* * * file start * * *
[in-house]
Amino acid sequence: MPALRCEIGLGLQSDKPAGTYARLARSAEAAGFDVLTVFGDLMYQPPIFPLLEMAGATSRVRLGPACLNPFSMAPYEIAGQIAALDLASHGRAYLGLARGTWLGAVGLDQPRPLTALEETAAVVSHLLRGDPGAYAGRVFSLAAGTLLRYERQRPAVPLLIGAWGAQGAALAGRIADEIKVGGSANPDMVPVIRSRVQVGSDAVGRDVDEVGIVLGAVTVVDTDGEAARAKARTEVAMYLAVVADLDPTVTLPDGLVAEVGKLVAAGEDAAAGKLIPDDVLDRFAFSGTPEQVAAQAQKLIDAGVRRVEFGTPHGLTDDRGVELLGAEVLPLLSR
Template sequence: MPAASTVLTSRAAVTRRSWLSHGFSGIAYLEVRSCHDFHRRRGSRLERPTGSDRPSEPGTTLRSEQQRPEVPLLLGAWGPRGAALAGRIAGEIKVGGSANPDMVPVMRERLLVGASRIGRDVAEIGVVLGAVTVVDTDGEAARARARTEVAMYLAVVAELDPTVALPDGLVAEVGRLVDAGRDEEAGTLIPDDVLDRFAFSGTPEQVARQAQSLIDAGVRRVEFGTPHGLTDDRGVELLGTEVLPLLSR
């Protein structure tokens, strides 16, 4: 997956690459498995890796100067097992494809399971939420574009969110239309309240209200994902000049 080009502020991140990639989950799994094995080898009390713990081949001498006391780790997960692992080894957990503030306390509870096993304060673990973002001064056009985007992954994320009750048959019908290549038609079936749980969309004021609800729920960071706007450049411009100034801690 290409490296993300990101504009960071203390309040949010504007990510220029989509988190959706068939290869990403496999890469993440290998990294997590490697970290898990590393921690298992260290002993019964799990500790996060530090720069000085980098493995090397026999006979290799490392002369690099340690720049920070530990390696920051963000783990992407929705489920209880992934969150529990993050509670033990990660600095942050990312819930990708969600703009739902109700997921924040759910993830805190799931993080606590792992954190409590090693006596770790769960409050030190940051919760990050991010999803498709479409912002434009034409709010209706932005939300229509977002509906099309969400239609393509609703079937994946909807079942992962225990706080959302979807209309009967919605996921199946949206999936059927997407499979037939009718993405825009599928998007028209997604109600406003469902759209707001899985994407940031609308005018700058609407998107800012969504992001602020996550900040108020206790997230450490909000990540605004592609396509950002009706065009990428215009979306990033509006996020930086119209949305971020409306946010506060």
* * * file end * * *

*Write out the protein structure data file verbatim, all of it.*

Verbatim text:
[in-house]
Amino acid sequence: MPALRCEIGLGLQSDKPAGTYARLARSAEAAGFDVLTVFGDLMYQPPIFPLLEMAGATSRVRLGPACLNPFSMAPYEIAGQIAALDLASHGRAYLGLARGTWLGAVGLDQPRPLTALEETAAVVSHLLRGDPGAYAGRVFSLAAGTLLRYERQRPAVPLLIGAWGAQGAALAGRIADEIKVGGSANPDMVPVIRSRVQVGSDAVGRDVDEVGIVLGAVTVVDTDGEAARAKARTEVAMYLAVVADLDPTVTLPDGLVAEVGKLVAAGEDAAAGKLIPDDVLDRFAFSGTPEQVAAQAQKLIDAGVRRVEFGTPHGLTDDRGVELLGAEVLPLLSR
Template sequence: MPAASTVLTSRAAVTRRSWLSHGFSGIAYLEVRSCHDFHRRRGSRLERPTGSDRPSEPGTTLRSEQQRPEVPLLLGAWGPRGAALAGRIAGEIKVGGSANPDMVPVMRERLLVGASRIGRDVAEIGVVLGAVTVVDTDGEAARARARTEVAMYLAVVAELDPTVALPDGLVAEVGRLVDAGRDEEAGTLIPDDVLDRFAFSGTPEQVARQAQSLIDAGVRRVEFGTPHGLTDDRGVELLGTEVLPLLSR
């Protein structure tokens, strides 16, 4: 997956690459498995890796100067097992494809399971939420574009969110239309309240209200994902000049 080009502020991140990639989950799994094995080898009390713990081949001498006391780790997960692992080894957990503030306390509870096993304060673990973002001064056009985007992954994320009750048959019908290549038609079936749980969309004021609800729920960071706007450049411009100034801690 290409490296993300990101504009960071203390309040949010504007990510220029989509988190959706068939290869990403496999890469993440290998990294997590490697970290898990590393921690298992260290002993019964799990500790996060530090720069000085980098493995090397026999006979290799490392002369690099340690720049920070530990390696920051963000783990992407929705489920209880992934969150529990993050509670033990990660600095942050990312819930990708969600703009739902109700997921924040759910993830805190799931993080606590792992954190409590090693006596770790769960409050030190940051919760990050991010999803498709479409912002434009034409709010209706932005939300229509977002509906099309969400239609393509609703079937994946909807079942992962225990706080959302979807209309009967919605996921199946949206999936059927997407499979037939009718993405825009599928998007028209997604109600406003469902759209707001899985994407940031609308005018700058609407998107800012969504992001602020996550900040108020206790997230450490909000990540605004592609396509950002009706065009990428215009979306990033509006996020930086119209949305971020409306946010506060």